The only effective techniques involve using bactericidal materials such as Clorox and high concentrations of baking soda... Other things such as hydrogen peroxide, povidone iodine, chlorhexidiene, and table salt have drawbacks in daily use.

 Tooth pastes are valuable in stopping and treating tooth decay (I recommend glycerin free toothpaste with no Fluoride such as Earthpaste as well as frequent Xylitol use), but flossing and brushing with tooth paste or oral rinses with items such as OTC mouth washes, will not guarantee a kill, and in comparison to Clorox are very expensive over a lifetime.

Patients wonder if Clorox is toxic. While it tastes terrible, it is harmless when diluted to 0.3 percent, that is a 20:1 dilution of 6% Clorox. Clorox turns into
table salt in the stomach if swallowed (unverified statement). 

There will be some initial stinging of the skin in the mouth when first used! That goes away when the skin heals after a few uses. Use at night before going to bed and do not rinse the mouth after.

If irritation develops move to mornings. Use at night when saliva flow shuts down will keep the material killing for a longer time when not rinsed out..

Finally, we have tried them all and brushing with copious amounts of baking soda forcing it into the gums and in between the teeth one time daily and then using a WaterPic® with the dilute Clorox solution will give the best results.

What are those results? Absolutely no leakage of the seal where the tooth come out of the skin. The Gum is a specialized tissue designed to seal the skeleton where it come out thru the skin.

The teeth are the only part of the skeleton which is out side the skin... So it cannot heal itself.

Never eating sugar or carbohydrates between meals will assure no tooth decay in those with normal saliva."

http://tinyurl.com/1ososos1

Second Video description:

http://ImplantDentistryOfSanDiego.com - "Spirochete Killer William D Nordquist searches to find a compound to kill oral spirochetes in the plaque in the gingival sulcus (the pocket round teeth) colloidal silver, Betadine (iodine), and discovers 25% bleach solutions were used unsuccessfully.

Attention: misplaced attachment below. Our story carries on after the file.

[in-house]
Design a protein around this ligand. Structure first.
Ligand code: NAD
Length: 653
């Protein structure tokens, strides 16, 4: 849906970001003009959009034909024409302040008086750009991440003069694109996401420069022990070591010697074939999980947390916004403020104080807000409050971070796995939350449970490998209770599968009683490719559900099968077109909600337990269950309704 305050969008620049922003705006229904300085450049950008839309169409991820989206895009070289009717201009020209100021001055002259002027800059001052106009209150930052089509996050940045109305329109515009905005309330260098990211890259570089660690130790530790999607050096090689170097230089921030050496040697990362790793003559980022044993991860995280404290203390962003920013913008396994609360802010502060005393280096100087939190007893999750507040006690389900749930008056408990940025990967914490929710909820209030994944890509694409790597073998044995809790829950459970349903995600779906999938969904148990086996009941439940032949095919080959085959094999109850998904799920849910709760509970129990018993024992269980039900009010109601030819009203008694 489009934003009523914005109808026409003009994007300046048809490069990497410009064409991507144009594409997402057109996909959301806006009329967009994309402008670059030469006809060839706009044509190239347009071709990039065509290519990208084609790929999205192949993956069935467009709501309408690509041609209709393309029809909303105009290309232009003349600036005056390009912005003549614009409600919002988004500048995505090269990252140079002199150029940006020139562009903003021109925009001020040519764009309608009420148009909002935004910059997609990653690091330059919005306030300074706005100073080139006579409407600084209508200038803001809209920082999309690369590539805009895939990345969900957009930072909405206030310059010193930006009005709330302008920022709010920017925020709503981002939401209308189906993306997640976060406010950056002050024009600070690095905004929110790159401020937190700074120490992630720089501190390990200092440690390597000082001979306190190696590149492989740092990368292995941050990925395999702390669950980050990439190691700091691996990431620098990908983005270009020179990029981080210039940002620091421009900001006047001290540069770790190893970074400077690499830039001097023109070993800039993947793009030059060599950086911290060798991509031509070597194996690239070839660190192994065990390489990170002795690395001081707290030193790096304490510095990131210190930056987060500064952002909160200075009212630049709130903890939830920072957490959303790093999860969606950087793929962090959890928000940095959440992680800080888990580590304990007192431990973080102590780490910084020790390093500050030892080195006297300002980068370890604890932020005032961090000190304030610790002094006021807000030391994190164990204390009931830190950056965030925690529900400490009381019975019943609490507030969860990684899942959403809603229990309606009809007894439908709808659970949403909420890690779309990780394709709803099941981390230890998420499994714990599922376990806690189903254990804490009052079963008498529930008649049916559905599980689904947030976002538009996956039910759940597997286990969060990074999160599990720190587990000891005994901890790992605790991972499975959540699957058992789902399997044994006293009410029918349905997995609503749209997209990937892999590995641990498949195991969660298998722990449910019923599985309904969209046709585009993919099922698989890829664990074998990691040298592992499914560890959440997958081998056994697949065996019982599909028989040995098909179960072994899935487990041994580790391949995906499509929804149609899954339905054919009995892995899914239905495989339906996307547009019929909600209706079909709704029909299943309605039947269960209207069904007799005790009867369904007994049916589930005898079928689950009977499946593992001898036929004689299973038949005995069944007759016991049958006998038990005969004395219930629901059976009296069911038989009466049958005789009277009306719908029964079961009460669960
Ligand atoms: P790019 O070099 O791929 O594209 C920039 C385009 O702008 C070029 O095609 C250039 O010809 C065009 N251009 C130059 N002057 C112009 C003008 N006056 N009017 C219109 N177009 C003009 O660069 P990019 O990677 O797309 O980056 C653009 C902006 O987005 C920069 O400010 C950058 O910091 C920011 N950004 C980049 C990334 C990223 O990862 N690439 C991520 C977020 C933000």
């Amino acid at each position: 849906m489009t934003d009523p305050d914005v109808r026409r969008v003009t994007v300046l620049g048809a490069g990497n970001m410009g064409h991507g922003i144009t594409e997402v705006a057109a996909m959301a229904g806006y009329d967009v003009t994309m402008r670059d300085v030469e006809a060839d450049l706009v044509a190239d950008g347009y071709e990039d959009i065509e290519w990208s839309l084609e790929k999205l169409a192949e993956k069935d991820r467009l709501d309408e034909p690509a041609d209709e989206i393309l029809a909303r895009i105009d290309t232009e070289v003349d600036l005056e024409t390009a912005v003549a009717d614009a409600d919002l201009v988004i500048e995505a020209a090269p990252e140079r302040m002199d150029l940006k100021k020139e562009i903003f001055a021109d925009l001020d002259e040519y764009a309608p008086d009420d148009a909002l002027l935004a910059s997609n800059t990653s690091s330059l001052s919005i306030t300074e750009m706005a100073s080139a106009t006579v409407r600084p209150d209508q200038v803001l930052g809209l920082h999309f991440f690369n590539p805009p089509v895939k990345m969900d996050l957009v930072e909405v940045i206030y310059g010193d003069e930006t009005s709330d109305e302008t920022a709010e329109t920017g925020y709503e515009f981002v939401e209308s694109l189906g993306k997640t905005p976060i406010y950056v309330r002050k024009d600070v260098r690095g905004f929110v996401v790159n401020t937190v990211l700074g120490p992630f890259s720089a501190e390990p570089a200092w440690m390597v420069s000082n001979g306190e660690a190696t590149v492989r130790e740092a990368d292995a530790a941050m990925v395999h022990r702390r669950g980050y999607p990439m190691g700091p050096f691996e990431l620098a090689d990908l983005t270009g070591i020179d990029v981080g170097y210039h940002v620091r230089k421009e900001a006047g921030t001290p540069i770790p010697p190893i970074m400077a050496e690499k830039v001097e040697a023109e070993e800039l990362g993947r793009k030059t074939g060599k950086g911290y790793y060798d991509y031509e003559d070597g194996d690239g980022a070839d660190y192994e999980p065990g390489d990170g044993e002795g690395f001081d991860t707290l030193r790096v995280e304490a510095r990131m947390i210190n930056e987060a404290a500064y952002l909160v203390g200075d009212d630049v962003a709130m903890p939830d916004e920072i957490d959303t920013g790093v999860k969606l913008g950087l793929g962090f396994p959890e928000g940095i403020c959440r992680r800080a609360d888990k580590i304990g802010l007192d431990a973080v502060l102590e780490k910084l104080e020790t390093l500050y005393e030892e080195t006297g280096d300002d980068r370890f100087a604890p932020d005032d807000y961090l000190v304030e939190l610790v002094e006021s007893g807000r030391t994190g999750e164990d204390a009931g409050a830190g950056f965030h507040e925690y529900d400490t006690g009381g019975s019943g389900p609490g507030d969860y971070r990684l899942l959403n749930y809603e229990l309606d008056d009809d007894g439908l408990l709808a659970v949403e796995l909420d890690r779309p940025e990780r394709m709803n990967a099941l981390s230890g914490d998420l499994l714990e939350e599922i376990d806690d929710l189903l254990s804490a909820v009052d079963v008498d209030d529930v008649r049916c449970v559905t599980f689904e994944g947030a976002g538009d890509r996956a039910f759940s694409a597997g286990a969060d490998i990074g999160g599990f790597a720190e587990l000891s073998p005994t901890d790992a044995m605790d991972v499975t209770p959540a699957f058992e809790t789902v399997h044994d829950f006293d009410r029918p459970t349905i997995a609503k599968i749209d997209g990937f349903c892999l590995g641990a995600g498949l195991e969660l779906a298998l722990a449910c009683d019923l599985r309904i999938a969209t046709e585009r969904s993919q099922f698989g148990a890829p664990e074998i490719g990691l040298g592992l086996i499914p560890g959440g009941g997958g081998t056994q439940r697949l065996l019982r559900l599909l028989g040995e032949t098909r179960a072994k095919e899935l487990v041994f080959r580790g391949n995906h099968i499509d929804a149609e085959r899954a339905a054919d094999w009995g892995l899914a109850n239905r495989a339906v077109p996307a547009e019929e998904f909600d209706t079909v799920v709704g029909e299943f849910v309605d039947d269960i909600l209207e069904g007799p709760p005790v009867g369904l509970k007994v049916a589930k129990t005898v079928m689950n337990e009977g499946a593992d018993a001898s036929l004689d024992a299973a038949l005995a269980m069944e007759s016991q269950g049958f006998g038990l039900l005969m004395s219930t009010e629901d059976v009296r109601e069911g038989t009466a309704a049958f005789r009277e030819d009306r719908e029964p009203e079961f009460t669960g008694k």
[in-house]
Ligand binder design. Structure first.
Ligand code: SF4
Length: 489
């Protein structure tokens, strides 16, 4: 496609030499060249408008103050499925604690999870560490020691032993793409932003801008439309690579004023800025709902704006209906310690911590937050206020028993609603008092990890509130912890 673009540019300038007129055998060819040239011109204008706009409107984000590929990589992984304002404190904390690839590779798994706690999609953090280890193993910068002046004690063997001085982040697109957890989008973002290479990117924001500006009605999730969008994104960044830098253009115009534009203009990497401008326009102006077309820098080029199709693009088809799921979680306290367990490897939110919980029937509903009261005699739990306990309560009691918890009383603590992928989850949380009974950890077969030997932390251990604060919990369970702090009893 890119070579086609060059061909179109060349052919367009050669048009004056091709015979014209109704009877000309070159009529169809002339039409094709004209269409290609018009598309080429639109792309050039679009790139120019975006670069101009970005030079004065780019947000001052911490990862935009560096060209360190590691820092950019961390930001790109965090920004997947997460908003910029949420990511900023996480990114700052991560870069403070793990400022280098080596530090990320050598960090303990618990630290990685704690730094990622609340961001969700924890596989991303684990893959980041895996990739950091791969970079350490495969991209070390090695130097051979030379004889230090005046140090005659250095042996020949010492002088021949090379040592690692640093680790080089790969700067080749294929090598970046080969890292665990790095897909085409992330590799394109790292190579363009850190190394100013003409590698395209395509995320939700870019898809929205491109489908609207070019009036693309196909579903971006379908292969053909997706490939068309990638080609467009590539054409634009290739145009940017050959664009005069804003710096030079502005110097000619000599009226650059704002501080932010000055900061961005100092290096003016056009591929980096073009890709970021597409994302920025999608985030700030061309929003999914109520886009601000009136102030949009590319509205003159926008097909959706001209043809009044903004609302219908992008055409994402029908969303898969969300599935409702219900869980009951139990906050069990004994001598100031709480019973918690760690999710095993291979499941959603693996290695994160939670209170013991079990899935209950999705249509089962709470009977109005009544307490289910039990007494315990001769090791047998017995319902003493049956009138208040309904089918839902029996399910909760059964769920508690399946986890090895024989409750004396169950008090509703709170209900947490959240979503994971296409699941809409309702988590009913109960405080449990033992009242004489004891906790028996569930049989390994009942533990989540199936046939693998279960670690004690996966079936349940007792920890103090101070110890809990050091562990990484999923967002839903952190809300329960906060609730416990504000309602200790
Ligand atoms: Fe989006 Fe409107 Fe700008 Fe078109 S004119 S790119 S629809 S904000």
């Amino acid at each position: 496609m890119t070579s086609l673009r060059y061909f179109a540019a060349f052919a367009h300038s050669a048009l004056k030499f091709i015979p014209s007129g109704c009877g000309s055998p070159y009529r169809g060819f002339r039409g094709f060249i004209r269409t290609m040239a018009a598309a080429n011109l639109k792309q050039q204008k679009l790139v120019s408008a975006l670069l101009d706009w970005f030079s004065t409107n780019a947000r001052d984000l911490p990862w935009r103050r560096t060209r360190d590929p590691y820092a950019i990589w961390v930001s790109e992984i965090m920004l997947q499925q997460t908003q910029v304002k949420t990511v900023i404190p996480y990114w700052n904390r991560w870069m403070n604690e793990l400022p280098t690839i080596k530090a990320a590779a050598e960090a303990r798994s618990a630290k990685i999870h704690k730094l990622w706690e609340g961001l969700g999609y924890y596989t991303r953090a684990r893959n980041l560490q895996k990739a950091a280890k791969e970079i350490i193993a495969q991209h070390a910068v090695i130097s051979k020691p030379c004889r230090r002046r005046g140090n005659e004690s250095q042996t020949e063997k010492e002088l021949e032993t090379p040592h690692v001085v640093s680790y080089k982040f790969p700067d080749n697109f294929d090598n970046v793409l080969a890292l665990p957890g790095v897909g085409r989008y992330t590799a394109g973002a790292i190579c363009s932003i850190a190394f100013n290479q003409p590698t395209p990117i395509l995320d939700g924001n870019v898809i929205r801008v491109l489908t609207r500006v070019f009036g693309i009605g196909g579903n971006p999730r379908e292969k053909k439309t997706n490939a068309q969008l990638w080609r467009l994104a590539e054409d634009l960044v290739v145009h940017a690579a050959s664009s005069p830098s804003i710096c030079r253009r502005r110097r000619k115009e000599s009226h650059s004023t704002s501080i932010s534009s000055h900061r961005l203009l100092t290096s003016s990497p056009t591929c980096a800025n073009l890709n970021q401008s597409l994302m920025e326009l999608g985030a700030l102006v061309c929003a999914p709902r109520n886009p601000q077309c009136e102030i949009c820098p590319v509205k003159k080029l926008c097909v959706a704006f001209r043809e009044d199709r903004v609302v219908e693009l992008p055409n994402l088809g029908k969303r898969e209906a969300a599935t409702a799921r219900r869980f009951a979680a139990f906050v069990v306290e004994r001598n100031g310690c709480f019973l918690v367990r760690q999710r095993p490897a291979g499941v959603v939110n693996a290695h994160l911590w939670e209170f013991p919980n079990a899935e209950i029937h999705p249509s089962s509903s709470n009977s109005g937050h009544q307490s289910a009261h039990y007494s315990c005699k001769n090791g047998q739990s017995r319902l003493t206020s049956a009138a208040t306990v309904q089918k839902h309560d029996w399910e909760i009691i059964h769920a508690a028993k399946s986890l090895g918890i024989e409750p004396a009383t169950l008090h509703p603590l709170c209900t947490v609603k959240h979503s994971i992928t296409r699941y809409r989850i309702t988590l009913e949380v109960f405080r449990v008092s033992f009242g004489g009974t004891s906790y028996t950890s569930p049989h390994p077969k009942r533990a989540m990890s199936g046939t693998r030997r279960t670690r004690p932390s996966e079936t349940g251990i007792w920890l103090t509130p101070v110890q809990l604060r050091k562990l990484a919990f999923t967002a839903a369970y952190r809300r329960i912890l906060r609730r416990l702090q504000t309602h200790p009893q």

A surprisingly simple food with a combination of eight natural herbs turned
out to be a potent spirochete killer (unfortunately not detailed in the video.)

The purpose of the search was to find a substance that would kill the spirochetes in gingivitis and periodontitis before a dental cleaning.

This would prevent dangerous bacteremias caused by dentists cleaning. Research has shown that bacteremias cause damage to the blood vessel lining that takes time to return to normal."

A person in another related video mentions: "Good video, I will make a link to this. I advise to take borega-complex it is helping in just 4-6 weeks a whole cure is 12 weeks. In all cases 100% result, not only by own experiences but also shown by the LTT."

http://tinyurl.com/3ososos3

Periodontal Disease and its Relationship to Systemic Disease   - view it here (2hours in detail) for those who wish to gain a greater understanding of the problem:
http://tinyurl.com/4ososos4
 
 Video description:

          " http://lifeguardyourhealth.com implantdentistryofsandiego.com Periodontal Disease and its Relationship to Systemic Disease has recently come to be one of the most important topics in medicine. This video was made for physicians and detists who treat chronic inflammatory autoimmune diseases. "


My notes taken:

Samples collected from molar

Spores survive antibiotics, cysts 1 micron

These spirochetes are anaerobes

Vita D may further suppress immune system upon body's conversion. I am experimenting with sunlight.

Oral spirochetes cause bone loss, cause implants to fail, potential to migrate
Chemical irrigation water pick hipocleanse or bleach see Dakins solution.

Debridement and CO2 laser for high populations vaporizes and cauterizes gingival sulcus (GS).

Tip of laser guide will clog and needs to be cleared by an experienced dentist.

Periodontal disease populates epithelial cells (loaded with spirochete) in GS.

Bleeding points and probing cause bacteremias so antibiotics are used. Flagyl and Amoxicillin started 2 weeks before treatment. (I believe Tinidazole is superior to Flagyl).

Brushing and flossing not enough.

How to make Dakins solution. see http://tinyurl.com/2ososos2

Some other possible methods for controlling bacteria in the mouth may be through oil pulling as outlined below. We do not know how oral spirochetes react to said methods.

If you can oil pull with ozonated coconut oil this would be a superior substitution to the method in the link below. Wheat grass has also been used effectively by those who cannot stand the taste of coconut oil. I have used Xylitol to fend off an impending dental infection.

https://theholisticdentist.wordpress.com/2012/02/24/oral-bacteria-and-oil-pulling/